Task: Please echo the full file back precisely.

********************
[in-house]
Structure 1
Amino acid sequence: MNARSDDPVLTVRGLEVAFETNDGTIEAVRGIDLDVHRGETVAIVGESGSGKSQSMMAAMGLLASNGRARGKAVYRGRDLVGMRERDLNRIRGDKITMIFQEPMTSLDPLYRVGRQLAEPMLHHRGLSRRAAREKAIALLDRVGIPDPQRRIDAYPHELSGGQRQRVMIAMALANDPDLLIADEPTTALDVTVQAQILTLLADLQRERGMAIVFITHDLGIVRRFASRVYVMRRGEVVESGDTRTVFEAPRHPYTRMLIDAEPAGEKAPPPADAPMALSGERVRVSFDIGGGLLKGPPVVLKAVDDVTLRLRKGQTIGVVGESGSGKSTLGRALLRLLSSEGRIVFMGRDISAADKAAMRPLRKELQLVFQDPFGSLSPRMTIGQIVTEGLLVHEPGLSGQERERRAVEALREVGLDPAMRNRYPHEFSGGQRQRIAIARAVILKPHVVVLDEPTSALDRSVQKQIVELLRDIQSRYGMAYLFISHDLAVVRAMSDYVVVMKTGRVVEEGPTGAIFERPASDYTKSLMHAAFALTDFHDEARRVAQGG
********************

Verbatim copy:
[in-house]
Structure 1
Amino acid sequence: MNARSDDPVLTVRGLEVAFETNDGTIEAVRGIDLDVHRGETVAIVGESGSGKSQSMMAAMGLLASNGRARGKAVYRGRDLVGMRERDLNRIRGDKITMIFQEPMTSLDPLYRVGRQLAEPMLHHRGLSRRAAREKAIALLDRVGIPDPQRRIDAYPHELSGGQRQRVMIAMALANDPDLLIADEPTTALDVTVQAQILTLLADLQRERGMAIVFITHDLGIVRRFASRVYVMRRGEVVESGDTRTVFEAPRHPYTRMLIDAEPAGEKAPPPADAPMALSGERVRVSFDIGGGLLKGPPVVLKAVDDVTLRLRKGQTIGVVGESGSGKSTLGRALLRLLSSEGRIVFMGRDISAADKAAMRPLRKELQLVFQDPFGSLSPRMTIGQIVTEGLLVHEPGLSGQERERRAVEALREVGLDPAMRNRYPHEFSGGQRQRIAIARAVILKPHVVVLDEPTSALDRSVQKQIVELLRDIQSRYGMAYLFISHDLAVVRAMSDYVVVMKTGRVVEEGPTGAIFERPASDYTKSLMHAAFALTDFHDEARRVAQGG